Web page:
Money: If you choose to make an
insectary/weed garden, you must first come up with the money.
Some potential sources are:
1) your county,
2) the Montana Noxious Weed Trust Fund Grant Program:
3) your local Conservation District:
4) Other resource agencies in your area such as the USDA Forest Service
Bureau of Land
5) Local land owners such as ranchers/farmers, businesses,
In Whitehall, we get our funding from a Noxious Weed Trust
grant, the Jefferson County Weed District, and the Whitehall
In addition, Madison County, the BLM, and the Golden Sunlight Mine have
Supervisor: You need a person in charge!
Our funds are managed by Dave Burch, the Jefferson Co. Weed Supervisor,
at the county seat in Boulder, as directed by the County Weed
District. The day to day operations are supervised by Whitehall
science teacher Todd Breitenfeldt, who has a Master of Science degree
in entomology. But, you do not need a masters, all you need is a
realization of our horrid noxious
weed problem and a willingness to help solve it!!
Construction: [link to pictures of
into Agapeta insect cage.
#1 under construction- transplanted.
#1 under construction- flashing/tools.
under construction- flashing/fence.
expansion- tear down old/tilling addition.
#2 complete- views
complete- more views.
-Gather your equipment and tools.
-Draw a plan of your site.
-Stake out your area.
-Till or plow your site.
-Stake out your corral (for Cyphocleonus) and cage (for
-Transplant your plants into corrals in rows wide enough to run your
(with one tine removed) between
rows, with the plants about 2 feet apart. We pull up plants on
cool early spring days from infestations in our area. We trim the
as we pull them up. Keep them moist as you transport them and out
the hot sun (i.e.. do not let them dry out or cook...).
these are root boring insects so you need an intact tap root on each
Water the transplants often until they are well established.
-Construct your corrals. Dig a trench about 10 cm
deep. Place your flashing (wear gloves!) in the trench,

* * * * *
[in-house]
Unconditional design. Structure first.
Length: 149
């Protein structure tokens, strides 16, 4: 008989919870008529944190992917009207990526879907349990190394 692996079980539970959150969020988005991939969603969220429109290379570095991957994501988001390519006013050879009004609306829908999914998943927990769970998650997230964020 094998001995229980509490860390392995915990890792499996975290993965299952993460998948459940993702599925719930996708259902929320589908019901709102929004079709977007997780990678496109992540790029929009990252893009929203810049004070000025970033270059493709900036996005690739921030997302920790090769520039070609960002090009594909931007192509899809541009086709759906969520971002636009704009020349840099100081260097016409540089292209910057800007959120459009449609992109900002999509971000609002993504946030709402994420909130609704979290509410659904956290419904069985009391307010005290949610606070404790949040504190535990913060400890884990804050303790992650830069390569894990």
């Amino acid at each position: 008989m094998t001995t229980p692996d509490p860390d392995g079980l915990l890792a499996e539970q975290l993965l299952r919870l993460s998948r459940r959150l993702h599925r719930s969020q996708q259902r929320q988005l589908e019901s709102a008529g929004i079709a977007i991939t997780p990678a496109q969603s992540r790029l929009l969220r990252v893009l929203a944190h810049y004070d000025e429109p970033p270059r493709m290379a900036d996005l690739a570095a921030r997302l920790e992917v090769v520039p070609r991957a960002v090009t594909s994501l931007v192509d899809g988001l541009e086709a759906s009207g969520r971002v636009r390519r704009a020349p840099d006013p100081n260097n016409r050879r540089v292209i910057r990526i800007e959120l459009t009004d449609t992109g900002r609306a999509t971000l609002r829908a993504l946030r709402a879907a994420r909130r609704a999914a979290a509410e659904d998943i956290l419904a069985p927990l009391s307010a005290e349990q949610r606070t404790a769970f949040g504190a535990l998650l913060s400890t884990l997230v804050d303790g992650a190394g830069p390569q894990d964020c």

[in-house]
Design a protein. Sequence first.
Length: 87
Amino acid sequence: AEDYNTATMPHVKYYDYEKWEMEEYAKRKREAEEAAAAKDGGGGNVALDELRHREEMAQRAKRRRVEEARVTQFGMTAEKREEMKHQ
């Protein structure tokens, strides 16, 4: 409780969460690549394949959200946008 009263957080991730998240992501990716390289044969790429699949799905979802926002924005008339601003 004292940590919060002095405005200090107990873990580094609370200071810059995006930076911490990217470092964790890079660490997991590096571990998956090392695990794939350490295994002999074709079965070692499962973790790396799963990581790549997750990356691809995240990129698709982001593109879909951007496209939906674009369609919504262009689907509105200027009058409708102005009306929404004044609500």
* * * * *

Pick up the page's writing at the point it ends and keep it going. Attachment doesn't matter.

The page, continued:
stretch it out and stake it into place so that it is sunk into the
about 5-8 cm (remember, these weevils can dig but do not fly so, this
up will keep them in your weed garden). We use wooden surveyor
and nail the flashing to the stakes with a hammer and a sledge hammer
support the stake while we pound in the nails. Fill in your
-Bend the top 4 cm of the flashing (wear gloves!) into (towards) the
interior of the corral. We do this for
two reasons: 1) it is sharp (no sense getting cut up if you fall in
and 2) if the weevils try and climb the slippery flashing, this bent
section will cause them to fall off back into the corral.
-Suspend bird netting over the corral with ropes and posts, to prevent
-Water the new transplants often 'till they are well established.
-Transplant your plants into your cage sites (for Agapeta)
spacing of about 15 cm and about 15 cm
between rows. Leave a walk way from the door into the center of
cage. You want high density of plants within the expensive cages
maximum production. Water the transplants often until they are
-Set up the frames and net skins of the cages. Anchor each cage
to the ground with spikes or stakes. Be
sure that the cage is insect proof.
-Fence your site if you feel a need to do so. We have a fence
open gates mainly to deter cars (not
people) and have had very little vandalism even though we are on school